49. Finally on this topic, we are equally bewildered by the fact that both the local authority and Mr and Mrs W assert that the judge was either invoking or intending to invoke section 38(6) of the 1989 Act. The judge was doing nothing of the kind. In particular, he was not directing a further assessment of CO: he was simply inviting the local authority to reconsider its care plan. Section 38(6) is irrelevant in this context.

50. Now that the care proceedings are to be re-heard, it will be for the judge re-hearing them to decide what directions should be given as to the evidence to be filed for the purposes of the re-hearing. Inevitably, the children must now be subject to interim care orders under section 38 of the 1989 Act. We will, later in this judgment, return to a consideration of whether this court can or should take a view about the directions the judge taking that re-hearing should give in order to ensure that it is effective. We hope, however, that the local authority will not be so foolish as to think that, because interim orders are being made to hold the ring until such time as final decisions are made, it is entitled to implement whatever placements it thinks appropriate pending the re-hearing. The children must plainly remain where they are until the matter is re-heard. Any attempt to implement the changed care plans without the express approval of the court would, in our view, not only be unprincipled in the context of the relationship between the court and local authorities: it would also be irrational, and likely to be struck down by a court exercising the power of judicial review. Such a court, unlike the judge in Re S and D would have injunctive power to prevent such a move.

51. We have to say that find a discussion in the terms of the preceding paragraph highly distasteful. As the authorities we have cited demonstrate, both the court and the local authority should be engaged in cooperation, not confrontation. Our response has been provoked by the behaviour of the local authority. We remain, however, of the hope that the rehearing will be conducted differently. We think the local authority should take heed of the wise words of the judge when he said in paragraph 12 of his judgment :-

I remind myself that it is particularly important, in circumstances such as these, for the court to be mindful that neither sympathy with relatives, nor exasperation with the local authority is the court's prime concern. The court's prime concern is the welfare of these children. It is the court's duty to scrutinise the local authority care plan with this principle in mind. The court is not bound to approve any decision of a panel convened by the local authority to make recommendations to it. It is pertinent, in my judgment, to remind the local authority that the director of Social Services is equally not bound to accept a recommendation of panel if he or she considers it to be contrary to the welfare of the child.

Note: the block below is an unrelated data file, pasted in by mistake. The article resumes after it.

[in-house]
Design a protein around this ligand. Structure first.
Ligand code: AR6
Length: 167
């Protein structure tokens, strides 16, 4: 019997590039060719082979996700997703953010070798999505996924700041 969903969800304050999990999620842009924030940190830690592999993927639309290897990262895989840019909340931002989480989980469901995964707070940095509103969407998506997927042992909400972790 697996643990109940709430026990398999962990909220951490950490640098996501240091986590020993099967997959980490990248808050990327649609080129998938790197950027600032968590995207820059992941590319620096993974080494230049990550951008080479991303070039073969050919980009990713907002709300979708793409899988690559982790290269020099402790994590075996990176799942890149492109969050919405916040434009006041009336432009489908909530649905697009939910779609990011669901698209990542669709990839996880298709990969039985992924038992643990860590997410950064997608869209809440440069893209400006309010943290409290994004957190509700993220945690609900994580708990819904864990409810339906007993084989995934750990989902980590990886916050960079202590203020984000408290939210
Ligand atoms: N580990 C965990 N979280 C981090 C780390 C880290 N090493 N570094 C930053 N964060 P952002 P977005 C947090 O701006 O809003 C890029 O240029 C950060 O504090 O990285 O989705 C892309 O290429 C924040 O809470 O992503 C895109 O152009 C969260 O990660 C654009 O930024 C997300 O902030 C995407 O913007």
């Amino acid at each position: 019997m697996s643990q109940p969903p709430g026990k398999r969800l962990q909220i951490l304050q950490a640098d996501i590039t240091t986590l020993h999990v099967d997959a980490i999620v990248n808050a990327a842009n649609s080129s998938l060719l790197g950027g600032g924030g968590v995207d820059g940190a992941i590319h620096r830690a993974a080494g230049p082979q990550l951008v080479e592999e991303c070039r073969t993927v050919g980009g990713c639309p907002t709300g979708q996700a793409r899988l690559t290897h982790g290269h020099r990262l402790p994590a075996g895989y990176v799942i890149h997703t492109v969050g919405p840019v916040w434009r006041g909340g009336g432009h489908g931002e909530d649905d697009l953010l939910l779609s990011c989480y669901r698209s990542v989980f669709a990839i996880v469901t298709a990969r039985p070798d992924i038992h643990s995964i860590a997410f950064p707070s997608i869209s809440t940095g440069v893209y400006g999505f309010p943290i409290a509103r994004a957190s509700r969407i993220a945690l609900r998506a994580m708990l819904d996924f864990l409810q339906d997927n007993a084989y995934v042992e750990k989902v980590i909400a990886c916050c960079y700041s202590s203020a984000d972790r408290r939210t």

52. In our judgment, that is an accurate statement of the law.

The local authority's decision making process: the history revisited
53. This aspect of the case requires us to revisit the history. We will do so as shortly as the subject matter permits.

54. The local authority first became involved as long ago as January 2003, when a referral was received from the Drug Action Response Team. The mother was at that point pregnant with L. In summary, the mother suffers from a bi-polar disorder for which lithium had been prescribed in order to prevent psychotic episodes. However, she regularly fails to take her medication, and also takes illicit drugs. It was common ground in the proceedings that she was incapable of caring for the children, and there can be little doubt that the profound level of disturbance demonstrated by the children, notably CH and CO, derives from the chaotic life style to which she subjected them.

55. On 31 August 2005, the mother was detained in hospital pursuant to section 3 of the Mental Health Act 1983. She remained in hospital until 15 November 2005. The judge found that during this time the main burden of caring for the children fell upon their maternal grandmother. At the same time, the children's father was abusing alcohol and, as the judge found "failed to play an active role in the children's lives at their time of greatest need". The father did make an application for a residence order in September 2005, but then failed to attend court on 27 October 2005, when his application was due to be heard. This led the local authority being ordered to file a report under section 37 of the 1989 Act, and by applications dated 27 November 2005, the local authority applied to the court for interim care orders. The children have remained in the interim care of the local authority ever since.